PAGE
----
Genres: Pop, Pop-Punk, Indie-Pop
Released: 21//05//21, Geffen Records
Favourite Tracks: brutal, good 4 u, jealousy, jealousy
If you liked this, you’ll like: Pure Heroine (2013) // Lorde, Paramore (2013) // Paramore, Red (2012), Taylor Swift
Olivia Rodrigo’s debut SOUR comes across as rushed and formulaic in places, but despite these pitfalls, remains heartfelt throughout.
Stating that this project feels rough around the edges and rushed is no laboured observation. Ever since the shock success of driver’s license saw the 18-year-old Disney actress become a household name in the pop sphere it seemed inevitable record label executives would pounce as quickly as possible to have a full-length album available to stream.
To be fair, expectations should be tempered by the constraining factors, namely the desire to capitalise on the hype quickly, combined with the fact that Rodrigo is the current face of a popular Disney franchise and thus not allowed the same artistic freedom contemporaries may enjoy. Those combining factors were always going to produce a somewhat lacklustre album, however, ramming home that point shouldn’t detract from the positives of this project.
Overall, this is not a poor album by any means – predictable? In places, formulaic and somewhat bland elsewhere. The incorporation of grungier, “heavier” rock sounds was a nice decision, however those tracks don’t blend well with the more regal, grandiose ballads that make up the bulk of the project. The placement of these tracks, carelessly strewn throughout without much thought sees us start off with that pop-punk based sound with brutal. One of my preferred tracks on the album, the violins segueing for a heavier guitar rift is a punchy opener that captures the listener’s attention immediately. I was uncertain about the slight manipulation of the vocals, but they have grown on me and I think they suit the track. Overall, the song is quite generic and relatable for its target audience. I was also a fan of how the song naturally wrapped up – flowing back into the same violins, quietening and calming the sound as we approach our first proper break-up ballad.
traitor is okay – pleasant enough, but so low in energy and formulaic in nature. I haven’t got much to nitpick here – production doesn’t necessarily stand out to me, neither in a negative or positive way, the vocals are decent, the lyrics expected in terms of plainness. I enjoy the transition into the next track, the aforementioned driver’s license. This track has grown on me after hearing it in the context of the album – it is Rodrigo’s best vocal performance out of the slower paced songs, and the most sonically diverse and interesting. It blows traitor out of the water in terms of impact, which highlights the poor placement of tracks. traitor’s dawdling pace and statement-esque instrumentals would have it better suited to at least the back half of the tracklisting, if not the closer.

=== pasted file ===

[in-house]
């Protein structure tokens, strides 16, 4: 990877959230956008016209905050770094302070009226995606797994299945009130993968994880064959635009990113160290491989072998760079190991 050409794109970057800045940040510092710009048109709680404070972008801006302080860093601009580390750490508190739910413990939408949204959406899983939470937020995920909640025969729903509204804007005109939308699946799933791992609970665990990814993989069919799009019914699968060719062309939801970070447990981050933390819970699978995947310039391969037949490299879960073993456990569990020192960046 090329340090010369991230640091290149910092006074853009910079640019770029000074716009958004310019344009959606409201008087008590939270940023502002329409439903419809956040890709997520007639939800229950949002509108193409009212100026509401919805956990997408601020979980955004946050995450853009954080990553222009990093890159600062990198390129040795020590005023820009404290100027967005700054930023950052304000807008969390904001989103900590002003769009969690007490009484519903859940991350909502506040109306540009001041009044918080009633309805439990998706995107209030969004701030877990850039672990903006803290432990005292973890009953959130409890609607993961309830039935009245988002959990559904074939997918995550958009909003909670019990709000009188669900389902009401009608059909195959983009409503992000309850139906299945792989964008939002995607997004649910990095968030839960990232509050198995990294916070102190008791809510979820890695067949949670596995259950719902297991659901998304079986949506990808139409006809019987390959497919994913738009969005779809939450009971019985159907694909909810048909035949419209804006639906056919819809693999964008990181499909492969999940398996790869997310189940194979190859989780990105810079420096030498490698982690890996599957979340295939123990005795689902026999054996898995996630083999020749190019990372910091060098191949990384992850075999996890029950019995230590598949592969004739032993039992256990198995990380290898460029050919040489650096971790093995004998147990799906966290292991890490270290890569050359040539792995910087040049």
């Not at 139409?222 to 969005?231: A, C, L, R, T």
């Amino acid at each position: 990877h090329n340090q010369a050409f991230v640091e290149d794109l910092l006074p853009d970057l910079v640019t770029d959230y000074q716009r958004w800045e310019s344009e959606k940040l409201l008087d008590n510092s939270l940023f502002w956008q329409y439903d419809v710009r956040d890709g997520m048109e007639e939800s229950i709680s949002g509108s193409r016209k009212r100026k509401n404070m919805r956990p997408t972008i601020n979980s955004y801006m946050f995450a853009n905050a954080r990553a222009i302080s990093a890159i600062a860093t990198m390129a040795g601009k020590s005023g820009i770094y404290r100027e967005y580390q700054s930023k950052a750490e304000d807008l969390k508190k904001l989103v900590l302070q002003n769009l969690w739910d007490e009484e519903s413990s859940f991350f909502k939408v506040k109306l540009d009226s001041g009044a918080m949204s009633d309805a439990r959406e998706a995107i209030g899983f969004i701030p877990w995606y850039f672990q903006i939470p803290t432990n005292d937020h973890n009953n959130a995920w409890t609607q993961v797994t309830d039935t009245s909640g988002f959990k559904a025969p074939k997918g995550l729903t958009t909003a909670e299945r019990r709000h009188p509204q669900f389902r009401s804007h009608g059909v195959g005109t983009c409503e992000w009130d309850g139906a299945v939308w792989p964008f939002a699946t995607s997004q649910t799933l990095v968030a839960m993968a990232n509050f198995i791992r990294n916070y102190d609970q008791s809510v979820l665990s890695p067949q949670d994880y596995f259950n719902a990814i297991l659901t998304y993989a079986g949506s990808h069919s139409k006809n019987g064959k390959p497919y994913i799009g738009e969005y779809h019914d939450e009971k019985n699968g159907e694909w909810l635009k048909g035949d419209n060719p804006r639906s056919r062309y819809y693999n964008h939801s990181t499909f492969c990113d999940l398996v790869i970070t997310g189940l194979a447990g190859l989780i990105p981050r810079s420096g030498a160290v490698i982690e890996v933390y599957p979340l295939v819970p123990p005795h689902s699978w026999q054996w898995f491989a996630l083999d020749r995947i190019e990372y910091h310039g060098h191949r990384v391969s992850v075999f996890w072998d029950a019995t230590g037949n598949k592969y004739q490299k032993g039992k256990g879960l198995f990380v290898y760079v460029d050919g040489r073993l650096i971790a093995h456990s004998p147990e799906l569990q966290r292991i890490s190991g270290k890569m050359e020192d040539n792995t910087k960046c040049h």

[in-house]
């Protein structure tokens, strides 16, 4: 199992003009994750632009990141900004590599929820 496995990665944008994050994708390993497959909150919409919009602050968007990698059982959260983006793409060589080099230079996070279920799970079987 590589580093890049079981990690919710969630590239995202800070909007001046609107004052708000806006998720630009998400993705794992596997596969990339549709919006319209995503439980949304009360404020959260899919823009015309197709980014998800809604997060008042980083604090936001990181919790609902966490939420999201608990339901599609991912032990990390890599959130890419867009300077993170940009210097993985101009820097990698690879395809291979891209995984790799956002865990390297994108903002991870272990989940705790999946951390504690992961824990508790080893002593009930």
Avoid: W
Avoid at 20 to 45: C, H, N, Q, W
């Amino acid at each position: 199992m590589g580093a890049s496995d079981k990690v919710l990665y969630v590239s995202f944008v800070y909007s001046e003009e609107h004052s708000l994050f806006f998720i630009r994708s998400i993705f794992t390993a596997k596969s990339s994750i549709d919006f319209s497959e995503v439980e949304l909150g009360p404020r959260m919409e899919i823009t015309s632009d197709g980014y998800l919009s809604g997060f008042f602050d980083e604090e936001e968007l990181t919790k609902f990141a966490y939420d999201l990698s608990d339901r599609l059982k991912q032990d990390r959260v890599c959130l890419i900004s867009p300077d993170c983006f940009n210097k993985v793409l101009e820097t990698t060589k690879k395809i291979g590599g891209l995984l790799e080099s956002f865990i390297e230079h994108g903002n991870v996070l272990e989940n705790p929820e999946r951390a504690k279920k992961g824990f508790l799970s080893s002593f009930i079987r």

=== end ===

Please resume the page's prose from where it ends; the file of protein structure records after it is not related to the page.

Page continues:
In contrast, 1 step forwards, 3 step back is one of the few tracks to be placed in a somewhat suitable position – gentle and precise piano with effortless, breathy vocals that carry an air of nostalgia and regret. Even the chorus doesn’t ramp up the drama like countless other tracks on here, leaving the track as calming palate cleanser suited for the midsection.
The two other singles, deja vu and good 4 u are bundled together, which again makes sense. deja vu is the one song linking the two styles this albums switches between, starting off soft and dreamy, before eventually incorporating pop-punk style guitar riffs and energy. This only helps the cohesion of the two sounds slightly, thanks to the imbalance in favour of the lovesick songs. good 4 u was the pick of the singles for me and remains my favourite track. Direct and to the point, it carries a fun energy that conveys all the hurt and anger of a scorned teenage girl. The breakdown before the final chorus is nicely worked, and overall, I haven’t got anything negative to point out. Yes, as others have pointed out, the chord progression for the chorus comes straight out of Paramore’s playbook, and I would also comment that the vocal variations and inflictions also heavily remind me of Hayley Williams’ work within the band. But with other tracks on here falling victim to formulas and cliches, its barely worth much thought.
Instantly after this track the energy is sapped by the acoustic based enough for you. The only saving grace here is the variety in terms of new sounds and angle to the sole theme throughout this album, as Rodrigo falls into the all-too-common trap of blaming herself for her lover leaving her. The following track, happier, brings us back to the piano ballads that have failed to impress throughout, and again that is the case again. I will say that the brief bass instrumental is a nice, unique feature of the track.
The layered vocals at the start of jealousy, jealousy are reminiscent of tracks from Lorde’s debut, Pure Heroine, which adds up when you consider that Rodrigo lists the Kiwi artist as a major influence. jealousy, jealousy is a rather interesting track, thanks to heavily reliance on the smart bassline. The breakdown at the back of the song is also the most brave and out there, with a piano snippet that almost comes across as devolving into madness. But again, the significant contrast as we enter the penultimate track, another guitar fuelled, indie-pop based track that doesn’t match the energy – or quality of the preceding track.
There are moments of real quality here, and there is no denying the talent Rodrigo clearly boasts. The poor construction of the album’s flow really lets it down, and whilst it was interesting to hear mainstream pop features mixed with country, pop-punk, indie and lo-fi influences, SOUR feels very disjointed at best and unrelated at worst.